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Full code titles for all codes (no reference back to common
fourth and fifth digits)
Post-op complications have been moved to procedurespecific body system chapters
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We tend to focus on the ways ICD-10-CM
is different, such as:
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Number of codes (69,000+)
Length of the codes
The “look” of the codes
Level of specificity
Increased documentation requirements
But wait! The indexes will be structured
very much the same as in ICD-9-CM.
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Two main parts: Alphabetic Index &
Tabular List
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Alphabetic Index
◦ Alphabetical list of terms and their
corresponding codes
◦ Index to Diseases and Injury
 Neoplasm Table
 Table of Drugs and Chemicals
◦ Index to External Causes of Injury
Coding Tip: The “-” at the end of an index entry indicates that
additional characters are required – need to look further!
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Chronological list of codes divided into chapters (21)
based on body system and/or condition. Further divided
into categories and subcategories which may be either
letters or numbers.
For some chapters, the body or organ system is the axis
of the classification.
Diseases/conditions of the sense organs (eyes and ears)
have been separated from the Nervous System
diseases/conditions and have their own chapters in ICD10-CM.
Certain diseases have been reclassified (or reassigned)
to a more appropriate chapter in ICD-10-CM.
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The final character in a code may be either a letter
or a number.
Utilizes dummy place holders, always letter “x”.
◦ Is not case-sensitive (upper/lower case)
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A dummy “x” is used as a 5th character place
holder for certain 6 character codes to allow for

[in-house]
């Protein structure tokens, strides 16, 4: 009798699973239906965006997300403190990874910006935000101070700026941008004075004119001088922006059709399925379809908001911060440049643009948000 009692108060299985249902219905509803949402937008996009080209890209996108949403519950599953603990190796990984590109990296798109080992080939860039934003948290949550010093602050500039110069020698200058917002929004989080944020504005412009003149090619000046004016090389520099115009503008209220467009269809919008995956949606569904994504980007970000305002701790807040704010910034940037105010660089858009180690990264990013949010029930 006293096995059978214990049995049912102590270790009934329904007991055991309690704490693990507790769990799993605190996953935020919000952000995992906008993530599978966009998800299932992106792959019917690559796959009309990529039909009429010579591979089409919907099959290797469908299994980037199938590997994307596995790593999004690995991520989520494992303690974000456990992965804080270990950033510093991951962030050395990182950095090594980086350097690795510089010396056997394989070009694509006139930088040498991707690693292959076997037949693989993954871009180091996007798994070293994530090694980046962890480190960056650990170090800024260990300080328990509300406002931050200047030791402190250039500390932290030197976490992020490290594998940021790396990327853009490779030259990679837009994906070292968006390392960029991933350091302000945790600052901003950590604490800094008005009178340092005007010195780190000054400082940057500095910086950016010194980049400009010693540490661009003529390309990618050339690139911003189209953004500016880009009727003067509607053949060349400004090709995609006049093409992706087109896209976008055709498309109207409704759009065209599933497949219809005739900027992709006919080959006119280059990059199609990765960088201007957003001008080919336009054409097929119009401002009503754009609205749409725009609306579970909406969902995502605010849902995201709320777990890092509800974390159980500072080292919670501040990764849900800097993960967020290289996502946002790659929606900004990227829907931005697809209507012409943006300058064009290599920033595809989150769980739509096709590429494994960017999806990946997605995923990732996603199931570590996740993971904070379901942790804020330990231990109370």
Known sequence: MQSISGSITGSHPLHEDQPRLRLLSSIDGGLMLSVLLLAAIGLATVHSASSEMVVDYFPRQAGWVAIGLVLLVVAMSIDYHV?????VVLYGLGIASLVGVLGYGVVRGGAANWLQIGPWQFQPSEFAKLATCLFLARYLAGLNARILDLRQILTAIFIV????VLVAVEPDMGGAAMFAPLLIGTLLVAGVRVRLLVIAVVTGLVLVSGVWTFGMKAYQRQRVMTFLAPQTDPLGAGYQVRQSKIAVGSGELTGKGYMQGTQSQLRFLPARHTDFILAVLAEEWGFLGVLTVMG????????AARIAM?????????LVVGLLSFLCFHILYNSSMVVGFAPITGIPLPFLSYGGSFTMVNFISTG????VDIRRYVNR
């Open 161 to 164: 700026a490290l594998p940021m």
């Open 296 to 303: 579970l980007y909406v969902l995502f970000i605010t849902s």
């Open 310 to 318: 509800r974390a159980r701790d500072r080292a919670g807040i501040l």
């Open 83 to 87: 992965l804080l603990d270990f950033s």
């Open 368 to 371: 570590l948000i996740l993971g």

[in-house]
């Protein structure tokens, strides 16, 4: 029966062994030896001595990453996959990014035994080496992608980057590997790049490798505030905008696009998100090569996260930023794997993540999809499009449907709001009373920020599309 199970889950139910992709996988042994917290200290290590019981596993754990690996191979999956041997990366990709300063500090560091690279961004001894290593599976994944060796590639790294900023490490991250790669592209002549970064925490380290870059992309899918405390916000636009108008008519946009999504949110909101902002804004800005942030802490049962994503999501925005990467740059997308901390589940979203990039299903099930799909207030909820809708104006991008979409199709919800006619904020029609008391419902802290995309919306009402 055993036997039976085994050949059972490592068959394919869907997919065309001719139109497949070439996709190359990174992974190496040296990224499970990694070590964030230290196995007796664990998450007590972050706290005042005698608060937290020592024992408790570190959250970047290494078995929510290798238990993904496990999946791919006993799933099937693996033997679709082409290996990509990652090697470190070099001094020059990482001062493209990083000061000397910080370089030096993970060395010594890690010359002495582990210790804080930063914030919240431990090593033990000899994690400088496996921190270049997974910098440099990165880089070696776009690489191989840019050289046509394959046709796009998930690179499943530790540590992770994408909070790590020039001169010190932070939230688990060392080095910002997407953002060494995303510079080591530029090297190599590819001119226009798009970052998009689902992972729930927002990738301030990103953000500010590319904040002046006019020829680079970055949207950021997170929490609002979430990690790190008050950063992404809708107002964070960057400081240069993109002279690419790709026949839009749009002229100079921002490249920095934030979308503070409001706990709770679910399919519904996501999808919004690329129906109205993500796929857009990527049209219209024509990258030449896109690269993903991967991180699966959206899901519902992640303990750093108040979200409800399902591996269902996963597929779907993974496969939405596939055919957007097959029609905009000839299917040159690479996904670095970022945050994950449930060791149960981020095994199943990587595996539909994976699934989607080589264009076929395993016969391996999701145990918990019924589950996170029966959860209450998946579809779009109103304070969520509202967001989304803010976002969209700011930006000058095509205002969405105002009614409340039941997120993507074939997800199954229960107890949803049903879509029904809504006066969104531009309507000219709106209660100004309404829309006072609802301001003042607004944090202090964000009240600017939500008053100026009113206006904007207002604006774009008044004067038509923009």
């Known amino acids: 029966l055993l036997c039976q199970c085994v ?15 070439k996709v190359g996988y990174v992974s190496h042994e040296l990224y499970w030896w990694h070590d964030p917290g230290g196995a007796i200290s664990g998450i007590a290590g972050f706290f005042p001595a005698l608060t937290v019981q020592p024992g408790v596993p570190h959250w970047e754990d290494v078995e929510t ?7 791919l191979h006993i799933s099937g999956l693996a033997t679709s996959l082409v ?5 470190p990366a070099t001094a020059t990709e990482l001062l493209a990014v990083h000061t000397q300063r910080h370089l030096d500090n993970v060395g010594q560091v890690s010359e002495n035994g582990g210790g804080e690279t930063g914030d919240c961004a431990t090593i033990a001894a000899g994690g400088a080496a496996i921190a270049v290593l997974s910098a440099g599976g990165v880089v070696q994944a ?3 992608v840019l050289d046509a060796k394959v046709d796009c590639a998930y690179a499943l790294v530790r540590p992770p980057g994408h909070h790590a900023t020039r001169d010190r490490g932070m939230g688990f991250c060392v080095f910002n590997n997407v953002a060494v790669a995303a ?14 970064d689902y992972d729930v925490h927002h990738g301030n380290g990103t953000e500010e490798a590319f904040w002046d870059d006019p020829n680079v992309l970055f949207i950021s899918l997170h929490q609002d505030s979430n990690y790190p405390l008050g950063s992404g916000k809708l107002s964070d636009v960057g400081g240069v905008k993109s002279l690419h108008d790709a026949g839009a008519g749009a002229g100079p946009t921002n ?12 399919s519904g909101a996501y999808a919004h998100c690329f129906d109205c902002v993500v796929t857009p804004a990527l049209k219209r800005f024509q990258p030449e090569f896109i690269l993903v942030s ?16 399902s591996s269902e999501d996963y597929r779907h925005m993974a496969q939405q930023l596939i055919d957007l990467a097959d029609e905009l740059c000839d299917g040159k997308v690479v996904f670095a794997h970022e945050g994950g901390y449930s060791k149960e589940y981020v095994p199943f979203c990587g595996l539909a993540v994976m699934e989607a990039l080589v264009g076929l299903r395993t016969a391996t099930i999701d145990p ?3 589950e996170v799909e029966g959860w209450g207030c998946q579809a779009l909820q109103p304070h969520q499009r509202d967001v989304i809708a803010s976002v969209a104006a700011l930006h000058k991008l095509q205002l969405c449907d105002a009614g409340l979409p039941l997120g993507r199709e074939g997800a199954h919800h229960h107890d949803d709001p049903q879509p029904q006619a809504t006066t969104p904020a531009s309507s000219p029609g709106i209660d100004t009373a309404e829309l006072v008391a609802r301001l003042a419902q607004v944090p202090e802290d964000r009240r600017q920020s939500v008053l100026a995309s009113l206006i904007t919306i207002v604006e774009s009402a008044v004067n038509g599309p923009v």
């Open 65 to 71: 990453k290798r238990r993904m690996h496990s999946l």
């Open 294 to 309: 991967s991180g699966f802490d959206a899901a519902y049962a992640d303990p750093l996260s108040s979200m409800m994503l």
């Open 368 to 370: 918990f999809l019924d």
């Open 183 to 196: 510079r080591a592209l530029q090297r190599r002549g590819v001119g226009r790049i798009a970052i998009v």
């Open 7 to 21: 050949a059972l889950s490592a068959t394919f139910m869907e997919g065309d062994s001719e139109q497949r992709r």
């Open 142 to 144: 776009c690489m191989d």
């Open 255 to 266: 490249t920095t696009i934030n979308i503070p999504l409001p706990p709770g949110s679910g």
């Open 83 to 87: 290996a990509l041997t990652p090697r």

future expansion.
Certain categories have 7th character extensions
(fractures/injuries/obstetrics). The extension is
required for all codes within the category, or as the
notes in the tabular instruct.
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Found predominately in 2 chapters:
◦ Chapter 19 (Injury, Poisoning and Certain Other
Consequences of External Causes)
◦ Chapter 15 (Pregnancy, Childbirth and the Puerperium)
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Injuries/Poisonings:
◦ Episode of Care: Designates the episode of care as initial,
subsequent or sequela
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Pregnancy/Childbirth/Puerperium:
◦ Provides additional information about the fetus:
 Used to identify certain complications of pregnancy with multiple
gestation to identify which fetus(es) is(are) affected by the
condition indicated by the code.
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ALL diagnoses within this category will
require a 7th character (episode of care).
 Tabular list will identify which diagnosis
codes will need this final character in the
code.
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 Provides a shaded box to let you know the
applicable 7th characters for the code.
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Have to “build” the characters to get to the
final spot in the code (7th character).
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A Initial encounter
D Subsequent encounter
S Sequela (disease progression/late effect)
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Coders will need to look for the episode of care. Is
this the patient’s 1st visit for treatment or is it for
routine follow-up? Is it clearly documented in the
medical record?
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Period when a patient is receiving ‘active’ treatment
for an injury, poisoning or other consequences of
an external cause.
“A” may be assigned on more than 1 claim.
 Patient is seen in the ER for a head injury that first
is evaluated by the ER physician. If the ER
physician requests a CT scan that is subsequently
read by a radiologist and/or neurologist, the 7th
character “A” for initial is used by all 3 physicians
and also reported on the ER claim by the hospital.
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Occurs after the active phase of treatment,
when patient is receiving routine care during
a period of healing or recovery.